The Eyes of Edmund Monsiel - RAW VISION

The Eyes of Edmund Monsiel

First published: Summer 2018

Edmund Monsiel was born on November 2, 1897, in Wożuczyn, eastern Poland. His father, Mikołaj, was born in Oszczów around 1865–66, and he worked as a carpenter on local estates in Wożuczyn. There, he settled and married Karolina of Dutkowscy, who was born on January 27, 1869. Together, they had nine children, but biographical records about Monsiel only mention two siblings, Aniela and Kazimierz. Mikołaj died in 1933 and was buried in Łaszczów. Tracing the family origins were not helped by there being three ways to spell the surname: “Monssiol” is engraved on Mikołaj’s gravestone; “Monsiol” was used by Mikołaj to sign Edmund’s birth certificate; and an error by the person preparing that birth certificate led to the name being recorded as “Monsiel”.

Monsiel family legend points to a French background. Following the French defeat against Russia in 1812, it has been said that a sick or wounded soldier from Napoleon’s army settled in Wożuczyn, in what is now the Lublin province. However, it is more probable that the family roots lie in a French craftsman who was brought to one of the local Polish courts. This is supported by the Monsiels’ reputation for being excellent carpenters – including Mikołaj. Monsiel accompanied his father to the local courts and churches in which he worked on repairs and renovations, learning the craft on the way. Young Monsiel was constantly exposed to local art, and one can see his observations of religious and secular art in photographs that he made.

Untitled, 1948, graphite on paper, 3.7 x 8.1 ins. / 9.5 x 20.7 cm, Collection de l’Art Brut, Lausanne

Monsiel was educated up to a fourth grade level by a friend of Mikołaj, Władysław Chmielewski – a religious man and a patriot, who played the church organ. Monsiel then lived in Chełm before 1920 and attended the local teaching seminar for three years. In the early 1920s, he settled in Łaszczów, where he lived with his parents.

Monsiel and his parents lived at 3 Maja Street, where later there were three houses: one, with two living rooms and a shop, occupied by Edmund, and the remaining two occupied by his sister, Aniela, and her husband, Józef Wyrostkiewicz, who were raising Monsiel’s niece Jadwiga (whose father, Kazimierz, lived in Wożuczyn).

The shop was founded in 1923, selling stationery and other items, and Monsiel worked there until 1942 when it was supposedly commandeered by the occupying Nazis. However, Monsiel’s biographer, J. Olędzki, disputes this. It is possible that, like many businesses in World War II, it failed because of a shortage of goods.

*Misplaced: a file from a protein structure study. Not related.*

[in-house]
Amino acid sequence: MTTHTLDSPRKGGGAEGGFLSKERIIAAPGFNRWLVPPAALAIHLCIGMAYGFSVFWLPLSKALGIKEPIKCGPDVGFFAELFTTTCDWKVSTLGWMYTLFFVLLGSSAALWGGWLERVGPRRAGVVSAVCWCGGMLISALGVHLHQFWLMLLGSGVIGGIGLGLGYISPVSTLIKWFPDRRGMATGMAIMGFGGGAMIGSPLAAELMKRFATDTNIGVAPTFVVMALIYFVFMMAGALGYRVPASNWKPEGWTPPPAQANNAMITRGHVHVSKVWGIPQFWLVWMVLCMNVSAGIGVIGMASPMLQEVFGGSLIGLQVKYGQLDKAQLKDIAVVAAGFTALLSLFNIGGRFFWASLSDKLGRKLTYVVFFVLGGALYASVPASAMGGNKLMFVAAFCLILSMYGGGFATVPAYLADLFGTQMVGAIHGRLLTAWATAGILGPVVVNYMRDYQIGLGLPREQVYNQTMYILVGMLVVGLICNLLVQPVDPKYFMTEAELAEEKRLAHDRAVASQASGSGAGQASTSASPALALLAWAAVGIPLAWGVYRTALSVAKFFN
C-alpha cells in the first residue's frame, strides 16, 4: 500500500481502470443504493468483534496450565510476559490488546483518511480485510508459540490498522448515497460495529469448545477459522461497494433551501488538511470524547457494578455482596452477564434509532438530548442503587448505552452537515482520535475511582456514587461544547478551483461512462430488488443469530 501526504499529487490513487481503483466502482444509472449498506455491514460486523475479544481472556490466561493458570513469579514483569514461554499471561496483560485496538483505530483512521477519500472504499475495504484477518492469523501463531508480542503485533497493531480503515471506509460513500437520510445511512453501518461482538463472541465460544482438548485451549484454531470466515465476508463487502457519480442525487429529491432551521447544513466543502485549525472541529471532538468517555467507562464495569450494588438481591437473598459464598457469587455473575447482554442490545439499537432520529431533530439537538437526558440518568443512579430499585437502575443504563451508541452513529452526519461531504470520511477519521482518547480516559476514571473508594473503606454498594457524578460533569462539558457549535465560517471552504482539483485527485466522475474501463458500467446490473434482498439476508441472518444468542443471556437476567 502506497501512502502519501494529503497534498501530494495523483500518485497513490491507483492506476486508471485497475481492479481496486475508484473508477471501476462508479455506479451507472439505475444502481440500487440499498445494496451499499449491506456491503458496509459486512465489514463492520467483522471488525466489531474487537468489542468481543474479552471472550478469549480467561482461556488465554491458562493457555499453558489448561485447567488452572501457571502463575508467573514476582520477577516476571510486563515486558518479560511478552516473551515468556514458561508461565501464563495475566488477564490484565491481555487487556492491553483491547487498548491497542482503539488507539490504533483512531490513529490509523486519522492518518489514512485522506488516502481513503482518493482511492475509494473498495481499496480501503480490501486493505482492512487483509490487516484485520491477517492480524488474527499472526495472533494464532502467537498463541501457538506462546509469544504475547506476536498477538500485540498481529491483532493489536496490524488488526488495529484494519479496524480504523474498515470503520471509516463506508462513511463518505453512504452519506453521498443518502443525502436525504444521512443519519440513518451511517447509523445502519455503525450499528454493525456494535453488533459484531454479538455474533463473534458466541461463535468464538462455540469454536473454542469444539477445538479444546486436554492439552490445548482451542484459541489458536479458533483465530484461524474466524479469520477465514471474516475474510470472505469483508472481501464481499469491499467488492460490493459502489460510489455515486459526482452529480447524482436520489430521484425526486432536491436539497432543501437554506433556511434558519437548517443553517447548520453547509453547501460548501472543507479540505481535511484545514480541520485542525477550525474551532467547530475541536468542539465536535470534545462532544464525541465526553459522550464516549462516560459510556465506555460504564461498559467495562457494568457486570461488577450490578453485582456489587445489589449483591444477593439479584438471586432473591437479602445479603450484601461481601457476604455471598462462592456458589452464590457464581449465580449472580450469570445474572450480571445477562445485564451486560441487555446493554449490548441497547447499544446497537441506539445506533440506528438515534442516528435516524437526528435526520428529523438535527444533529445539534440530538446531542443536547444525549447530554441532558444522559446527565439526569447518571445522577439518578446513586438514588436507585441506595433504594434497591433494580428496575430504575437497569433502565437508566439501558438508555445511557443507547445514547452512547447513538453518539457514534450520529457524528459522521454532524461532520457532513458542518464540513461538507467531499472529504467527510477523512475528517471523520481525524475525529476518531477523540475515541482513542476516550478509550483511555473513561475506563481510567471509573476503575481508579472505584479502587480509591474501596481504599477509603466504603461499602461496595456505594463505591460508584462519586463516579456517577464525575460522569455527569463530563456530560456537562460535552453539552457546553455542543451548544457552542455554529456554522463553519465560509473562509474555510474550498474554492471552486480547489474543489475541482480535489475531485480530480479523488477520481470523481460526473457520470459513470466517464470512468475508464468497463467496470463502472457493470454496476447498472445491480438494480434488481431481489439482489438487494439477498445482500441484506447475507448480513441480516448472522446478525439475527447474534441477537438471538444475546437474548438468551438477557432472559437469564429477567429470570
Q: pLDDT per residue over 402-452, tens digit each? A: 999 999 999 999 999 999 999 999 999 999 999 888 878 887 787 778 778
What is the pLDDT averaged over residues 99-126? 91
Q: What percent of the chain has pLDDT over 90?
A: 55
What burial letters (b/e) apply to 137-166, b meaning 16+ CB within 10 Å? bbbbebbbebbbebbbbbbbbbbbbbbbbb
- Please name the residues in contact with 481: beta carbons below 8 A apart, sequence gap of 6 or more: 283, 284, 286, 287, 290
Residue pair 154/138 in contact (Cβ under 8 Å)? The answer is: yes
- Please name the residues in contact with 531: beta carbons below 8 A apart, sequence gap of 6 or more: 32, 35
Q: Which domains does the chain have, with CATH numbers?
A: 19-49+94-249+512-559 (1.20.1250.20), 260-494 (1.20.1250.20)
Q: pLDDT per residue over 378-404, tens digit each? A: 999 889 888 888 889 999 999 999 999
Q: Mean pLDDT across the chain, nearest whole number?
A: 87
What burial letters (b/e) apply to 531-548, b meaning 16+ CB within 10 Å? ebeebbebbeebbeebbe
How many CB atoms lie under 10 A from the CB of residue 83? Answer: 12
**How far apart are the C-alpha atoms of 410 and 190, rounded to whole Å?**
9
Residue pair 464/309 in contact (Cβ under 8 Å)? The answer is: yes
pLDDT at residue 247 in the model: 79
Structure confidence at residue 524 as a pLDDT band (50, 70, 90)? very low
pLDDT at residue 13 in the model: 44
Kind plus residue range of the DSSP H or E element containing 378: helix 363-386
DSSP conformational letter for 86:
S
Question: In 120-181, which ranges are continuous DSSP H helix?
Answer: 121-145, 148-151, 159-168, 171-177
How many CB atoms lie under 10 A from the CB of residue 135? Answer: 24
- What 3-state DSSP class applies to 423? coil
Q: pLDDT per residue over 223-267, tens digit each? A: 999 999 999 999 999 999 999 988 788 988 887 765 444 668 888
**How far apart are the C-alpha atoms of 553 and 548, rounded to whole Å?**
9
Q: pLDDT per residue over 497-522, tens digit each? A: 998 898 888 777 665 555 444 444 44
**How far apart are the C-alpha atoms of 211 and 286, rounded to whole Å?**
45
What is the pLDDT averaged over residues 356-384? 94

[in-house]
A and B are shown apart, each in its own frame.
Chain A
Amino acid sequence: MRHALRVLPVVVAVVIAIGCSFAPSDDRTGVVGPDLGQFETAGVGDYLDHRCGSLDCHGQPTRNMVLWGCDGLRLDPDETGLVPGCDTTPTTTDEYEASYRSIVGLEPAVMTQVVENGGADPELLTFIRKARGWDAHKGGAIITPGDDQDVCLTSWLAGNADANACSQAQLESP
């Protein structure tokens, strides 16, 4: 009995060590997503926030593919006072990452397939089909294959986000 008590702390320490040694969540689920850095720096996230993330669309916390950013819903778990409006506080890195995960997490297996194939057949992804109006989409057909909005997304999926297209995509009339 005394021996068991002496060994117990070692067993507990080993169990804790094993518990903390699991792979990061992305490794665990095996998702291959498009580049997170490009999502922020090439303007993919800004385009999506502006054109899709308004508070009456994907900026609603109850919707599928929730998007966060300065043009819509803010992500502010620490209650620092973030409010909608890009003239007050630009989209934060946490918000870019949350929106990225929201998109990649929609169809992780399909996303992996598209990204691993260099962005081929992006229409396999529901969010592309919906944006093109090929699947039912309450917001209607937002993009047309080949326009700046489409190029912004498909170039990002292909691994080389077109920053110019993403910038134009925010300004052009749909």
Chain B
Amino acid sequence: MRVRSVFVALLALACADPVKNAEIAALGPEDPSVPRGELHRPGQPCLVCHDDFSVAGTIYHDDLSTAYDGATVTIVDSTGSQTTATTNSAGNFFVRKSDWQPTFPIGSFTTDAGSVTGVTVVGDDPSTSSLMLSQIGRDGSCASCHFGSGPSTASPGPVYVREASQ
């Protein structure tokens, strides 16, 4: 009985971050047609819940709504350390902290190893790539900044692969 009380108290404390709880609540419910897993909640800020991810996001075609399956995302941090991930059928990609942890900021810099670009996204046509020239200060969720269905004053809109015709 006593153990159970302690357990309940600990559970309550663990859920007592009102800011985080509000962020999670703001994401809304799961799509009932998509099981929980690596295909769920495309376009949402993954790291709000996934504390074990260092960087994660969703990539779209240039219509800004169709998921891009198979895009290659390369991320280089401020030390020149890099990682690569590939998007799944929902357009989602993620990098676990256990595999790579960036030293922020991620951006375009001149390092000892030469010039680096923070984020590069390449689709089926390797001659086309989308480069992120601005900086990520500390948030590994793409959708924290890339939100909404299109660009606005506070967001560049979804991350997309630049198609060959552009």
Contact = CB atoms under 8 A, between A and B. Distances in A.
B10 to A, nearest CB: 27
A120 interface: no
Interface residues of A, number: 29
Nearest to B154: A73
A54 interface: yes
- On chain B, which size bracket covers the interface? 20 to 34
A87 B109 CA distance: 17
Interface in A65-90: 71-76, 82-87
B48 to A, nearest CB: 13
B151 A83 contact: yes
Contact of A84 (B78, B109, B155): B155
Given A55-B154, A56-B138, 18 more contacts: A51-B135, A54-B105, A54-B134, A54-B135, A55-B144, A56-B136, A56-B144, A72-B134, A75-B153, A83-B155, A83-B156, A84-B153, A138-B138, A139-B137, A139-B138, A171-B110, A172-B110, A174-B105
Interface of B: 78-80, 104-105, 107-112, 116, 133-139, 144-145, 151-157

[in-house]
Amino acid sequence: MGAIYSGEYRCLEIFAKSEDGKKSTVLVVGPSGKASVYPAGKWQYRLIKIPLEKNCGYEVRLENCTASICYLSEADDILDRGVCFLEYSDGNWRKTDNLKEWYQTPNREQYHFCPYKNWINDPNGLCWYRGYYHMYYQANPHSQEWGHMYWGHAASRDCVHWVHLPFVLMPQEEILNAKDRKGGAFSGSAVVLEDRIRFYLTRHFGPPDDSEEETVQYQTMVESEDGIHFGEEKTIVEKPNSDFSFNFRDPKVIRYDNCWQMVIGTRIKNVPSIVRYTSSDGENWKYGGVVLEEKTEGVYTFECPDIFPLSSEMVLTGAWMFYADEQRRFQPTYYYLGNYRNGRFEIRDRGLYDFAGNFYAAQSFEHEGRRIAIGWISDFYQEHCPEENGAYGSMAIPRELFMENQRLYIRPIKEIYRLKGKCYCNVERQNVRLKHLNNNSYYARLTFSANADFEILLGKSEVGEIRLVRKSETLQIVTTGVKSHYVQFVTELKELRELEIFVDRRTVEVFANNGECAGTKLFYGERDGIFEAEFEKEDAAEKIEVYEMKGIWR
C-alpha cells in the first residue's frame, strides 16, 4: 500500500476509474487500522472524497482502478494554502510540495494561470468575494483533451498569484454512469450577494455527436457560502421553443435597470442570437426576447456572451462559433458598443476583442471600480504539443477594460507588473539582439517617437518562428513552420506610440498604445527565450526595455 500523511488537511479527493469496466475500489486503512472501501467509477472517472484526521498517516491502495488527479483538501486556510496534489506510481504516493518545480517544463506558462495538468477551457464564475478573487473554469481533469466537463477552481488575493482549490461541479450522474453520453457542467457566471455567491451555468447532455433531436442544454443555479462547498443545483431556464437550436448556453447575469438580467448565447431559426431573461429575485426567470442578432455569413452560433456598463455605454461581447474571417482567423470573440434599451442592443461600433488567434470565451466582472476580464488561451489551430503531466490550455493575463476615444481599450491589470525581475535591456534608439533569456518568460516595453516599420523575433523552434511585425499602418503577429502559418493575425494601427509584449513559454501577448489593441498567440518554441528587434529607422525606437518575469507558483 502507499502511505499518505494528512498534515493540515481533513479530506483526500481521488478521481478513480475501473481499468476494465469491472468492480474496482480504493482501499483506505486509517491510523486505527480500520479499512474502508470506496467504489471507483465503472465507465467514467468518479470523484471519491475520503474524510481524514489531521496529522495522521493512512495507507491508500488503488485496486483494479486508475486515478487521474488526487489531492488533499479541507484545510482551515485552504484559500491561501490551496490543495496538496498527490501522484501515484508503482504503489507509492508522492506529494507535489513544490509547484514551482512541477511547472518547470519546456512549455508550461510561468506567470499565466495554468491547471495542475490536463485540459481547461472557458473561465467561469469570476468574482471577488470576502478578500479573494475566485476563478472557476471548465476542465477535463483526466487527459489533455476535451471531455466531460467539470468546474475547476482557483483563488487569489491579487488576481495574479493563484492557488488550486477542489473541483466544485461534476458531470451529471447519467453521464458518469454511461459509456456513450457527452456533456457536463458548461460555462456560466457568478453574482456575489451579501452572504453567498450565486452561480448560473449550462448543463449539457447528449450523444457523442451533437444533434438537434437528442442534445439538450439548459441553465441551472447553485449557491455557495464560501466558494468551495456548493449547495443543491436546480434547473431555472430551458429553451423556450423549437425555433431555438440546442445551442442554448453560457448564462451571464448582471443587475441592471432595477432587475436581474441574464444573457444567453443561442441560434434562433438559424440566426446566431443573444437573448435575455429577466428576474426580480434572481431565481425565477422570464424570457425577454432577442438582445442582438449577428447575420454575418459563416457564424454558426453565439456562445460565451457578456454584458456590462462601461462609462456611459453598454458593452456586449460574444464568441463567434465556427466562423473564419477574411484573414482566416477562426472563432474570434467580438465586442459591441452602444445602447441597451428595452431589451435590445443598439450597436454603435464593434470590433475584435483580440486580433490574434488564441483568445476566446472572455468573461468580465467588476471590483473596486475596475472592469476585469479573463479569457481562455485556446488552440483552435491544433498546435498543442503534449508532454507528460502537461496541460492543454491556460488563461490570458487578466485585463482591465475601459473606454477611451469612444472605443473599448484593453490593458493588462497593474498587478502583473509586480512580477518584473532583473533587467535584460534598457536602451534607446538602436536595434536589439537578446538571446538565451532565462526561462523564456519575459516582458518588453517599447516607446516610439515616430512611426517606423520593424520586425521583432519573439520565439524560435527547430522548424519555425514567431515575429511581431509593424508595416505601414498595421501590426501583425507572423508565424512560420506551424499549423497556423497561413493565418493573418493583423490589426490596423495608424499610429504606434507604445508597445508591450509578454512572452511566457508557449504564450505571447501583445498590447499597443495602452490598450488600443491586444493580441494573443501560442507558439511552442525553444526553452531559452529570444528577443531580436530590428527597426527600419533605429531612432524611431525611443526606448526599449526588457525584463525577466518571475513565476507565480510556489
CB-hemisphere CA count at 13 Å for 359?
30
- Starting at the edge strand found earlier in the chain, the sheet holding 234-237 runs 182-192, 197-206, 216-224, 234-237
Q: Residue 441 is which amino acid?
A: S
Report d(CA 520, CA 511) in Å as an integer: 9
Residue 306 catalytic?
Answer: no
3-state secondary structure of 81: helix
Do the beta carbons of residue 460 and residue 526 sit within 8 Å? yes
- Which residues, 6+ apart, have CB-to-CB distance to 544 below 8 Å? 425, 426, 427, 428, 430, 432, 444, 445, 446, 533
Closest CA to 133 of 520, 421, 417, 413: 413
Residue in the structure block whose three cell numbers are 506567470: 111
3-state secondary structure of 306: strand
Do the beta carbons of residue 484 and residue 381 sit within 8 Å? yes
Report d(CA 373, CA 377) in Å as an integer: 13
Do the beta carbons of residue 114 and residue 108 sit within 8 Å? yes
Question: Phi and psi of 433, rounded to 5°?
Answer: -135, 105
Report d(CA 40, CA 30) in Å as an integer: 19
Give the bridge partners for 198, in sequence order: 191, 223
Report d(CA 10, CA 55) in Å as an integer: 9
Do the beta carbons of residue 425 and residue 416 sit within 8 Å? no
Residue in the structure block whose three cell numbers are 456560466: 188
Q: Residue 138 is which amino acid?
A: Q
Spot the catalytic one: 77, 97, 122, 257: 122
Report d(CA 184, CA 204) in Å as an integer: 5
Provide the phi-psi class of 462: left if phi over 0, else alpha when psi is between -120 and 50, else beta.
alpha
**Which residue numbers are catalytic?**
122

A crucial event took place around Christmas, 1942. Nazis interrupted a church mass to select a group of people for execution – punishment and revenge for an armed assault on a station of German military police. Monsiel, his brother-in-law (Józef) and neice (Jadwiga) were in the church, and Józef was selected and murdered in a nearby forest. Many researchers have identified this deeply traumatic moment as the point at which Monsiel’s long-term mental illness was triggered.

About six months later, Monsiel moved to Kazimierz’s house in Wożuczyn. There, he hid in the attic. He would visit Łaszczów numerous times, going to the spot where his parents’ house had stood and his sister, Aniela, still lived. The family home was later burned down by the Ukrainians fighting with the Germans.

There is some controversy over the time that Monsiel lived in his brother’s attic. In Jan Mitarski and Ignacy Trybowski’s Świat samotnych wizji (pp. 3–7), the eminent psychiatrist Mitarski writes that Monsiel did not leave the attic for three years, despite requests by his family, and that he would come out at night but never left the building. Other researchers are more dramatic: Monsiel is said to have stayed in the small, unheated attic, with ceilings so low that an adult could not stand up fully. It was said that he spent his days there until the end of the war, talking to no one and gradually succumbing to paranoid thoughts while finding consolation in drawing. These descriptions do not fully correspond to the truth, as the attic was a habitable garret. During the war Monsiel rarely emerged, but this is understandable given the circumstances. After the war, he moved out and settled in an abandoned mill.

This is an article extract; read the full article in Raw Vision #98

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